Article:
Translink has embarked upon a new series of consultations about the Pattullo Bridge. The City of New Westminster itself also recently made waves when it announced it was going to focus on completing its Master Transportation Plan before collaborating with Translink (for the record, I say “bravo” for that). The future of the Pattullo Bridge will have a significant impact on residents in New West, as it seems Translink is quite determined to widen the bridge to 6 lanes, bringing more traffic using our city as a thoroughfare to get to other places. Green New West and City Caucus have already blogged about the first consultation (and local Hector Bremner got a sneak peek at the plans) – but there are other consultations, including one tonight at Inn at the Quay. All New Westminster residents should make plans to attend at least one. If you can’t make it in person, a live webinar is scheduled for March 8th.
The reason I draw your attention to the Pattullo Bridge plans is because the increase in traffic noise is something that has been raised as a concern (and was when we talked about the UBE too), and it’s gotten me thinking about noises in the city.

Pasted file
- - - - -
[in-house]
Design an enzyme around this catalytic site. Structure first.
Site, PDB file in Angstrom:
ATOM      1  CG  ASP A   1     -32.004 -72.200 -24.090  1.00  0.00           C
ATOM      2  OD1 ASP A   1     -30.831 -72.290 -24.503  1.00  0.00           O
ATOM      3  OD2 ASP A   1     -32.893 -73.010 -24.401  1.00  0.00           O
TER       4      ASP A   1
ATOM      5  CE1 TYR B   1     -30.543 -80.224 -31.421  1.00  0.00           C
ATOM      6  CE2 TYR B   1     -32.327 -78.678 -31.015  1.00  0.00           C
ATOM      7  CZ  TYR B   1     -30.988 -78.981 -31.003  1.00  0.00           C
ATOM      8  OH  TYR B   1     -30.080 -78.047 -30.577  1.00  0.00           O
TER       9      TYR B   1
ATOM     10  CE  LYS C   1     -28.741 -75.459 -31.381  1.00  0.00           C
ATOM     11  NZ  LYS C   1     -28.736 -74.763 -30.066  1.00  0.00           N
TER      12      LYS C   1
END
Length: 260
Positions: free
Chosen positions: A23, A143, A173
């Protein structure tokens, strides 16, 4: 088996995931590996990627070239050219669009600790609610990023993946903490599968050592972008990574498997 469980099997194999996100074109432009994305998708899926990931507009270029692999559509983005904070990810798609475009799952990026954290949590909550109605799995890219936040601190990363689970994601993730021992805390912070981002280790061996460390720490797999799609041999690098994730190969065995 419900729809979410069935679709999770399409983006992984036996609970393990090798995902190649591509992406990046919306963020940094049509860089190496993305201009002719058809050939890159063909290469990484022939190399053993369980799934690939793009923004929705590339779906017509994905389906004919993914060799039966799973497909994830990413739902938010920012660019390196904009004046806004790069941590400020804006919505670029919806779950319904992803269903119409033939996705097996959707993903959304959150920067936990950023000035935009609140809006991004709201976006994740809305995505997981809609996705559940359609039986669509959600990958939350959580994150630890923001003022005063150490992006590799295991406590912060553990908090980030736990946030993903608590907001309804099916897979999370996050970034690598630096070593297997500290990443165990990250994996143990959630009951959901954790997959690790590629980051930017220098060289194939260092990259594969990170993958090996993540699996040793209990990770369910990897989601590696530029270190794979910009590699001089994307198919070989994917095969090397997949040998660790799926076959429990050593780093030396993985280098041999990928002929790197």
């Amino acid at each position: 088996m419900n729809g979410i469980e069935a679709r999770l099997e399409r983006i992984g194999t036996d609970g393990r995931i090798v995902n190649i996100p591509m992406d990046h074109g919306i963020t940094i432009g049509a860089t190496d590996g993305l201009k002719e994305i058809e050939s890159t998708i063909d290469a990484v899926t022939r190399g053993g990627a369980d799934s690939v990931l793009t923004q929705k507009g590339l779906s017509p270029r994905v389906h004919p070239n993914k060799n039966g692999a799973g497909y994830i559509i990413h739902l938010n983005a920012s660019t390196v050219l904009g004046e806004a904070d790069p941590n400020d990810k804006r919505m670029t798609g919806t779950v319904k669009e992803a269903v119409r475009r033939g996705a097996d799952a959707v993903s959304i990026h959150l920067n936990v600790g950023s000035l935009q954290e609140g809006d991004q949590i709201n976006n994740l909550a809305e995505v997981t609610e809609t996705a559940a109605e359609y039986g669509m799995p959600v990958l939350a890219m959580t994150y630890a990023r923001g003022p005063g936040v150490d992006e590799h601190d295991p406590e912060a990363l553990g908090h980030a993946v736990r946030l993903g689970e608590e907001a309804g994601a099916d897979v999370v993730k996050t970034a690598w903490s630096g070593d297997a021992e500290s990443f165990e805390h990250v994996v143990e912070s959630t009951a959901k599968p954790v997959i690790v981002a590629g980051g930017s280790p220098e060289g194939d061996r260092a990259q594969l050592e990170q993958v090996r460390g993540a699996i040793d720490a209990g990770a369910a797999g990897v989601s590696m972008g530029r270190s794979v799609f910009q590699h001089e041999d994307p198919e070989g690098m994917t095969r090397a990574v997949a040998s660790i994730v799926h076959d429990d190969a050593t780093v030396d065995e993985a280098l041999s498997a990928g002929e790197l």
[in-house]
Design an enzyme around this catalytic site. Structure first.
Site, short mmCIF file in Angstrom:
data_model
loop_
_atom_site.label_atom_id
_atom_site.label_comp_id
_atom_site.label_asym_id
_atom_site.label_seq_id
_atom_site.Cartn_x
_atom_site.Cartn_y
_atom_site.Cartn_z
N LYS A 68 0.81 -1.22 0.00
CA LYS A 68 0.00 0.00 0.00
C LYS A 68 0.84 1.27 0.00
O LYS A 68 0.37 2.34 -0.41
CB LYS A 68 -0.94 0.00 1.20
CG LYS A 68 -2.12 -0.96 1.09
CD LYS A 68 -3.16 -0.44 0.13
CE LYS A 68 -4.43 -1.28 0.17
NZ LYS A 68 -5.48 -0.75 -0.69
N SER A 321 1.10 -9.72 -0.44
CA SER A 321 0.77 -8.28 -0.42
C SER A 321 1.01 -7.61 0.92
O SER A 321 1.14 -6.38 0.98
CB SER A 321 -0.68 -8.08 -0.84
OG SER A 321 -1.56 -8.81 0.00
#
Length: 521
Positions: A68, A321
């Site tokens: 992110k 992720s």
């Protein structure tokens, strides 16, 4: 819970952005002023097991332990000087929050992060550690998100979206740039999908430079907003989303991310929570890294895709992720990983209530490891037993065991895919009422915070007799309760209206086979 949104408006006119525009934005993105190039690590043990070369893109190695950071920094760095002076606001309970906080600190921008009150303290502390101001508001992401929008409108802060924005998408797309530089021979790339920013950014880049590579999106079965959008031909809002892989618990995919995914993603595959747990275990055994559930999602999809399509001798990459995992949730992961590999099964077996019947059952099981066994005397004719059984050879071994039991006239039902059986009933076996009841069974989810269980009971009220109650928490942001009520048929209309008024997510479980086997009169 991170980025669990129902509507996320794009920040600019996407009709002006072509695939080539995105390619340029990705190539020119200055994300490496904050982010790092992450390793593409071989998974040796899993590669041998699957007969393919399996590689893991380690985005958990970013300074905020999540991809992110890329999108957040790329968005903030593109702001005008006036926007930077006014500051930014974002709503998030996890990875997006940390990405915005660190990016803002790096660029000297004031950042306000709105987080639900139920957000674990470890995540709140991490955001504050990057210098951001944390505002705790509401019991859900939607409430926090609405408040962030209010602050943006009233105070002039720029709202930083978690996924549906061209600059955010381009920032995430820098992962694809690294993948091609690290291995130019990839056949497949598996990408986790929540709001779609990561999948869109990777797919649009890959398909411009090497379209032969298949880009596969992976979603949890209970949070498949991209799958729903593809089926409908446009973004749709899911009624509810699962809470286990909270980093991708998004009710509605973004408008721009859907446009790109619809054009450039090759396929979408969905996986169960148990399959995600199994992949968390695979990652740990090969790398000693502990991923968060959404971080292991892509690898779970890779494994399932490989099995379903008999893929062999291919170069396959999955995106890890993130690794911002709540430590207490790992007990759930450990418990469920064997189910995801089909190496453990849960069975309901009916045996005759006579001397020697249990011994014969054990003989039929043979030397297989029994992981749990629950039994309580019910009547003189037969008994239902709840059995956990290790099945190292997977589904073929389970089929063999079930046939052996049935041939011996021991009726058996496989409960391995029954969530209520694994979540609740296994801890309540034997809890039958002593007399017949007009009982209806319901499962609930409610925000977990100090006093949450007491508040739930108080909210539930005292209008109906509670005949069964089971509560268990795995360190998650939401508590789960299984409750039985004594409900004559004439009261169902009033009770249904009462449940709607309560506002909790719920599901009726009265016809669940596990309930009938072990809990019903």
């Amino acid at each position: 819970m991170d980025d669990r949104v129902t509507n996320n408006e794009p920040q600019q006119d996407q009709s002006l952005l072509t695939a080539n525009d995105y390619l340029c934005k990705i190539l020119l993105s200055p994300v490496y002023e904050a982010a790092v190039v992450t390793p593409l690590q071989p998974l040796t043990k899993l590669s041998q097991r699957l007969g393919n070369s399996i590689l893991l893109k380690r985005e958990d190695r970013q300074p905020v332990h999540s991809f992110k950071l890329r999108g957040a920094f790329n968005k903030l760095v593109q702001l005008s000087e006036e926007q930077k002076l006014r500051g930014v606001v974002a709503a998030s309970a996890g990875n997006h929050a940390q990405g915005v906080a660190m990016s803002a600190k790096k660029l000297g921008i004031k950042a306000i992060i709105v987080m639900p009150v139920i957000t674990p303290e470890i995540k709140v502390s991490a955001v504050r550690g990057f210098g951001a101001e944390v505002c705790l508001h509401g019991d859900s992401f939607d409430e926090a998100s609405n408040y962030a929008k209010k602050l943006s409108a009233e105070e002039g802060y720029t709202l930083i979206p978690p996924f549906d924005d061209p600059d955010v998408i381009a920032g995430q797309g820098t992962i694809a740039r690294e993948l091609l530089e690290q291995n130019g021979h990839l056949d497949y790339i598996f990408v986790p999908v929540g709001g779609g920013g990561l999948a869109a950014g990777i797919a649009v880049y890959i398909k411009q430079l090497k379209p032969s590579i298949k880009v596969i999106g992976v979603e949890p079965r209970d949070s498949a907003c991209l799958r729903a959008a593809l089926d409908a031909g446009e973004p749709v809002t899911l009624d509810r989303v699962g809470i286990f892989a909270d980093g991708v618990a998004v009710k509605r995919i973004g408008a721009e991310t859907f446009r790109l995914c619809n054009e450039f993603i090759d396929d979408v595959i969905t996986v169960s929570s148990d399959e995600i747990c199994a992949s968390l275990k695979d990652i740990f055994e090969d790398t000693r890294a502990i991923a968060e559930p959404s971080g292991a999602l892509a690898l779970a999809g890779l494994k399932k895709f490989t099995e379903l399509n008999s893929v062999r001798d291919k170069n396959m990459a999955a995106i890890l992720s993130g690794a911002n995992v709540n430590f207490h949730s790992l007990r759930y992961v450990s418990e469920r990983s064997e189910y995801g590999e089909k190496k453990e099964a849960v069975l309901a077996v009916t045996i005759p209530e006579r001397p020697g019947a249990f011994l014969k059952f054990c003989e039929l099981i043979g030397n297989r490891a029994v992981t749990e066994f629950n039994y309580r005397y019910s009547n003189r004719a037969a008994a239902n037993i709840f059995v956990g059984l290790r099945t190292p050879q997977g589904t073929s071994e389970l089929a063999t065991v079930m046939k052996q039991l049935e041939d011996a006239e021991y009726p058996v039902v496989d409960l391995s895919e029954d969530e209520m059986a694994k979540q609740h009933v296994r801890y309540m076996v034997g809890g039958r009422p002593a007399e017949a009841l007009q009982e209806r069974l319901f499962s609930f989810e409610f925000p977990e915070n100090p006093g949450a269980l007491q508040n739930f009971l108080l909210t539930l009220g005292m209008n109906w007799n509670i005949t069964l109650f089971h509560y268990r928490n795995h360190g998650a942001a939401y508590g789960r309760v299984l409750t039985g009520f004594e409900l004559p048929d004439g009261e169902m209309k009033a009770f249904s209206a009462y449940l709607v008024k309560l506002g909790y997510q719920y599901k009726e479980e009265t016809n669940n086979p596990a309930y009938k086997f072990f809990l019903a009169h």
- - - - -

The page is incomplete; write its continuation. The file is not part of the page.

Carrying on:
I live on the ambulance feeder route to Royal Columbian Hospital and when we moved in we spent two or three sleepless nights, tossing and turning to the screeching and whining of the sirens. And then we adjusted. People come to our house now comment on the sirens, and we generally reply “What? Huh? Oh, right, the sirens,” because we have completely forgotten about them.
A friend of mine used to live by the airport in Richmond in a small community called Burkeville. I remember one New Year’s Eve we sat in her hot tub in her yard and toasted the midnight clock strike under a giant jet headed for destinations unknown. Planes rumbled over her house with cupboard rattling proximity and we hardly even noticed.
City noises permeate our life. Whether it’s your neighbour and their incessant leaf blowing or car vacuuming, or whether you live on a major transportation route, city noises are a part of what makes up the urban fabric. They are a trade-off, in essence, of having easy access to services we desire.
So many cities worldwide have a noise bylaw and they generally address things like barking dogs, construction, obnoxious neighbours, and other noises I see as irregular noises. Your neighbours are prevented from doing things that may generate unacceptable levels of noise – no construction before or after certain times, for example.
A city generates sounds – the whoosh of traffic, the hum of a factory, the sounds from a working river or railway. The become a part of the landscape of where we live. I took a trip once to visit my brother in Northern BC and the first two nights I was there I couldn’t sleep because it was simply too quiet. During this most recently held municipal election, I was chastised for not caring about my fellow residents because I admitted I don’t mind the sound of trains, and in fact, I kind of like them.
What do you think are acceptable city sounds?